Hoover archivist Schaefer backed that up in his message to us, saying that Hoover himself did not push for deportation:
Hoover archivist Schaefer: The push for deportation arose locally. Los Angeles and California are probably the best known cases. LA paid transportation costs to ‘encourage’ ‘voluntary repatriation’ succeeding in sending tens of thousands of people back to Mexico in 1930 and 1931.
Hoover thought the very idea of restricting immigration from Mexico was futile, Schaefer said. “Hoover saw quotas for immigrants from the Western Hemisphere as unenforceable, so he opposed efforts to secure such quotas.”
The claim about Truman is also not supported by the historical record. According to Tammy Kelly, archivist at the Harry S. Truman Presidential Library and Museum in Independence, Mo.: “We have not found evidence that President Truman deported over two million illegal immigrants to create jobs for Americans.”
Truman struggled with the problem of migrant farm workers — both legal and illegal. On June 3, 1950, he set up a Presidential Commission on Migratory Labor and asked it to look into (among other things) “the extent of illegal migration of foreign workers into the United States” and whether laws could be “strengthened and improved to eliminate such illegal migration.” The commission ultimately recommended that the country should rely primarily on domestic farm workers, not immigrants, to perform farm labor. On July 13, 1951, Truman approved legislation to facilitate the employment of legal migrants to harvest U.S. crops, but also expressed a desire to reduce illegal immigration from Mexico and said additional measures were needed. “These people are coming to our country in phenomenal numbers – and at an increasing rate,” Truman said. “Everyone suffers from the presence of these illegal immigrants in the community.”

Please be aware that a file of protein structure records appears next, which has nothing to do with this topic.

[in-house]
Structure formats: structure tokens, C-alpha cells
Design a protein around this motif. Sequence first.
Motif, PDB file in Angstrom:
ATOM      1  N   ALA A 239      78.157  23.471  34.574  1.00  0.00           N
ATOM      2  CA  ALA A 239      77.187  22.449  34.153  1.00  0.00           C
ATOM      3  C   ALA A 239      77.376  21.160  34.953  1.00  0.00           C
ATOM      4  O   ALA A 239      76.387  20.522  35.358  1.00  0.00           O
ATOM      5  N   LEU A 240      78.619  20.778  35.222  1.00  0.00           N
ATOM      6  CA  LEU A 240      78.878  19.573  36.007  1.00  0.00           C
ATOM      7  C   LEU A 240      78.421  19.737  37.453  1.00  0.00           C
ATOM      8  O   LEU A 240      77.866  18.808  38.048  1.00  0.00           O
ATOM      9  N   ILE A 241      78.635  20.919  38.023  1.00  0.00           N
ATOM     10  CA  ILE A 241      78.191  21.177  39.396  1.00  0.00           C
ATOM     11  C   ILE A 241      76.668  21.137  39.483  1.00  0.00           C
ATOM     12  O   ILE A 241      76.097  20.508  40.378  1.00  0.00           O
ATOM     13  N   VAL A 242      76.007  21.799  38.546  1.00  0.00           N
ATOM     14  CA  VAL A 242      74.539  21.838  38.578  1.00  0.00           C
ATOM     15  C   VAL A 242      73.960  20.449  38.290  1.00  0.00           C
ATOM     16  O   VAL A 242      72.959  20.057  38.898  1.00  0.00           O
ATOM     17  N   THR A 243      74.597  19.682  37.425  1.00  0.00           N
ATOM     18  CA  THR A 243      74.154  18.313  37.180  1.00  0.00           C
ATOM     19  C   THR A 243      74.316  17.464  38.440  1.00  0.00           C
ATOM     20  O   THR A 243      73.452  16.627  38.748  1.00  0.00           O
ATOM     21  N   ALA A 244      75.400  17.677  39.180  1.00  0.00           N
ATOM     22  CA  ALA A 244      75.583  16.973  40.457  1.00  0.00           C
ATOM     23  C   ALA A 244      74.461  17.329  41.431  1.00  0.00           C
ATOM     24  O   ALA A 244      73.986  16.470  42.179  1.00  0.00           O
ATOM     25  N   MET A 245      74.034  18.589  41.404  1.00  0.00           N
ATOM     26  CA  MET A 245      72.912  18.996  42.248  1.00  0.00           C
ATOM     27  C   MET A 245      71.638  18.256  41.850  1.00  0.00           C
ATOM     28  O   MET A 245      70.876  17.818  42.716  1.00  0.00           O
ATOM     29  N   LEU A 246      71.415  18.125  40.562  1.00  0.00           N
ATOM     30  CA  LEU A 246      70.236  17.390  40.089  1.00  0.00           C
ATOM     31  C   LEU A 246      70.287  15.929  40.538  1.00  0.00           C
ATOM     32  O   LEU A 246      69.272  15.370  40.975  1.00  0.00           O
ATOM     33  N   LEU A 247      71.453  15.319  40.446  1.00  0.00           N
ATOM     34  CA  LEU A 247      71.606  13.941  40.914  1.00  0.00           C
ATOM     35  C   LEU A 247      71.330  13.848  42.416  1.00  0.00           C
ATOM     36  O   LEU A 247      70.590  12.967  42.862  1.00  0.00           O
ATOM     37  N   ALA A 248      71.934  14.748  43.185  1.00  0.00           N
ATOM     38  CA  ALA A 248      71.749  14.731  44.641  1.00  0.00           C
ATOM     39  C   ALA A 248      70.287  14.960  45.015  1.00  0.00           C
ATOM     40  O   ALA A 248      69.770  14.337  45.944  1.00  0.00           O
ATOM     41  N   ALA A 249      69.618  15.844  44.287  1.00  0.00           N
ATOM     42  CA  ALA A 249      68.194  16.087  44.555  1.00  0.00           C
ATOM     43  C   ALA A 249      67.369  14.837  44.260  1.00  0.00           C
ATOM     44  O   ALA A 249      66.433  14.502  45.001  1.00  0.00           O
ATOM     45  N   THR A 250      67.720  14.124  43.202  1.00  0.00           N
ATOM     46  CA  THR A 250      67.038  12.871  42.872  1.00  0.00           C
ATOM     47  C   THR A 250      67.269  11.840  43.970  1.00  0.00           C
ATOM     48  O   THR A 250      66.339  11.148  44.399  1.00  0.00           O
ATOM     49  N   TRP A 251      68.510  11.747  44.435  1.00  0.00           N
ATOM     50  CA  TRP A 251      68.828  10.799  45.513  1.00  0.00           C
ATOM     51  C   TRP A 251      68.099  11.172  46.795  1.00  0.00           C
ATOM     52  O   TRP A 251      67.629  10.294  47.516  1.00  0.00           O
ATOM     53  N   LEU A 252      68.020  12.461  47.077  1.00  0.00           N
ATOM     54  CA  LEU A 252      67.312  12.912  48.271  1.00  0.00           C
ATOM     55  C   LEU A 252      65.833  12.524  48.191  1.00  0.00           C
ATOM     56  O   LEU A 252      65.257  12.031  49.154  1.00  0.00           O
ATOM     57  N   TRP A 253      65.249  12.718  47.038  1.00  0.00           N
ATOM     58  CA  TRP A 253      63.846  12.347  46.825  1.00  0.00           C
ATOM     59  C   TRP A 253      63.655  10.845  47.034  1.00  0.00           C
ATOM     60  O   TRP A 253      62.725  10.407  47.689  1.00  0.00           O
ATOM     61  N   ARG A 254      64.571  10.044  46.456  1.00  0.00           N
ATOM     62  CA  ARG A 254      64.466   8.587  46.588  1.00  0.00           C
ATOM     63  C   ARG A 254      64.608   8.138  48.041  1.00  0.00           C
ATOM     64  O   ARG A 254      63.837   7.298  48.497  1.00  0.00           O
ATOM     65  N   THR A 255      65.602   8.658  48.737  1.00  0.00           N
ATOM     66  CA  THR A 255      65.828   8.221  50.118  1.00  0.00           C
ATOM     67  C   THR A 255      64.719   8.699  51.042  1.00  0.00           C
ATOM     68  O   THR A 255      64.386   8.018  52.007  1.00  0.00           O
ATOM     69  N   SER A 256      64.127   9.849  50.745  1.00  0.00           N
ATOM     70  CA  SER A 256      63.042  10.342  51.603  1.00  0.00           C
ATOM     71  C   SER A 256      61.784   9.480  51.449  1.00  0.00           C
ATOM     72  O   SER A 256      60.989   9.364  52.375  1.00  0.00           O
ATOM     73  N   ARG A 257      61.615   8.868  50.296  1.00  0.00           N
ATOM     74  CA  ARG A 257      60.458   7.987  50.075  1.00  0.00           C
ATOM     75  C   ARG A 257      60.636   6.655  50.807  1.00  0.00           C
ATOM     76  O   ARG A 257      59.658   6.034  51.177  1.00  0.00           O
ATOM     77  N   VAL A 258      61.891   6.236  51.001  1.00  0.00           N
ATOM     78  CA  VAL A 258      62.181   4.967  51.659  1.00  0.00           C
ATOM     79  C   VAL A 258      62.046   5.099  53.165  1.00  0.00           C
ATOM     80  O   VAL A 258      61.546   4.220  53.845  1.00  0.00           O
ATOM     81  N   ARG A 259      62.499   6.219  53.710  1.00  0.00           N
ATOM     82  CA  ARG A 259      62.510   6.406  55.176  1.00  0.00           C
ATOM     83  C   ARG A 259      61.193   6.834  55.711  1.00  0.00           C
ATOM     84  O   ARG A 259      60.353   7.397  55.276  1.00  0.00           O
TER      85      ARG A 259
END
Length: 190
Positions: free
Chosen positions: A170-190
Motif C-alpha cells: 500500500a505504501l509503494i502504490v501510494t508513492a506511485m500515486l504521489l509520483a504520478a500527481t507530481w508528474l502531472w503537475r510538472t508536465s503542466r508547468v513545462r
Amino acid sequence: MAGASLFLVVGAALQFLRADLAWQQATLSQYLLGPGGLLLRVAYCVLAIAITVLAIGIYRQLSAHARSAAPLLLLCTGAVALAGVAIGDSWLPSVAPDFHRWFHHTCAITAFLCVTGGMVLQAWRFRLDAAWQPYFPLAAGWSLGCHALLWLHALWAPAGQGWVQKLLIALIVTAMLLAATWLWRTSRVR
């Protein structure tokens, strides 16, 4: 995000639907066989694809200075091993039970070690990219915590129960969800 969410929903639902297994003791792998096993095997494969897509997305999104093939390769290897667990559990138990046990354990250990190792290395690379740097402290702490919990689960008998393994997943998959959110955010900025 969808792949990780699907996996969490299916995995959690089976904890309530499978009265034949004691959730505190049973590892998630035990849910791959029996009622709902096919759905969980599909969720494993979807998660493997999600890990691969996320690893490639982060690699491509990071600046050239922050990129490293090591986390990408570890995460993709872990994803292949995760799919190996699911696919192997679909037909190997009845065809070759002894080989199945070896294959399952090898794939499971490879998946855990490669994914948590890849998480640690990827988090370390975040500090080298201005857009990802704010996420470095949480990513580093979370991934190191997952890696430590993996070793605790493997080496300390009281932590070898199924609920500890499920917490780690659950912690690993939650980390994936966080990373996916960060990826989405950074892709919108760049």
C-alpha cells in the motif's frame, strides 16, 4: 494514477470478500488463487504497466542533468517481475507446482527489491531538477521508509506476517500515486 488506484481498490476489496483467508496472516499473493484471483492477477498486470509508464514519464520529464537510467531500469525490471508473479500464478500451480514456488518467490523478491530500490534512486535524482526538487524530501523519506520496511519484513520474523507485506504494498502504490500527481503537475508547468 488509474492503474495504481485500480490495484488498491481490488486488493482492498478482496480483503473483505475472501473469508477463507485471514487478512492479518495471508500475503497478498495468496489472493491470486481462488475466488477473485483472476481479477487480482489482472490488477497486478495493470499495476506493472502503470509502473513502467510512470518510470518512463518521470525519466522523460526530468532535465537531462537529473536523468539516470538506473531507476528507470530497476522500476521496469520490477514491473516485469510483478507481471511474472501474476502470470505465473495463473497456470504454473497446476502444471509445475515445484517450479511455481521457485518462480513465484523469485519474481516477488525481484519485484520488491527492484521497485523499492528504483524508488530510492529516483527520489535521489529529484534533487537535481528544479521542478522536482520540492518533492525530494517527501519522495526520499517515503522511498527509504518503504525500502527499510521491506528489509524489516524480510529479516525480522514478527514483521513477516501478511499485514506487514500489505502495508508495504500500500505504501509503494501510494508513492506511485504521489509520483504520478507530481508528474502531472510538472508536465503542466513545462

But the legislation Truman signed had to do with keeping legal guest workers flowing across the border to harvest U.S. crops. According to Truman archivist Kelly, the new legislation established reception centers to house temporarily legal immigrants from Mexico while the government found employment for them. Truman said in signing it, “We must make sure that contract wages will in fact be paid, that transportation within this country and adequate reception centers for Mexican workers will in fact be provided.” He said it was necessary that the U.S. government “stand behind all contracts and guarantee performance in the future, if any more Mexican citizens are to be legally recruited for work in the United States.”
It’s true that many were deported or induced to return “voluntarily” during the Truman years. We figure, based on the official historical tables, that more than 127,000 were formally deported and more than 3.2 million left voluntarily rather than face deportation — a total of nearly 3.4 million.
But the deportations and quasi-voluntary departures had nothing to do with creating jobs for returning veterans, as claimed in the chain e-mail. As Truman noted in a news conference on Oct. 3, 1946, most returning WWII veterans were quickly absorbed into the booming postwar economy. “Ten million veterans are gainfully employed today, compared with only 2 million at work on V-J Day–a gain of 8 million jobs for veterans in a year,” Truman boasted. He said 900,000 veterans remained unemployed, and that “is still higher than any of us like to see it.” But he drew no connection with illegal immigration.
Truman actually wanted to do more than he was able to stem illegal immigration. He said the bill he signed didn’t go far enough. He said he would ask Congress for stricter sanctions against employers who harbor illegal aliens, and would also seek clear authority for INS inspectors to raid workplaces without search warrants. “Congress did not pass the legislation Truman wanted, however, and the illegal immigration problem was passed onto future generations,” Kelly stated to us via e-mail.
Truman’s successor pushed harder, presiding over what was officially called “Operation Wetback,” a vigorous, federally led effort to remove illegal Mexican immigrants from the Southwest. (The term “wetback” is a disparaging term applied to Mexicans who swam or waded across the Rio Grande River — and today is considered an ethnic slur.)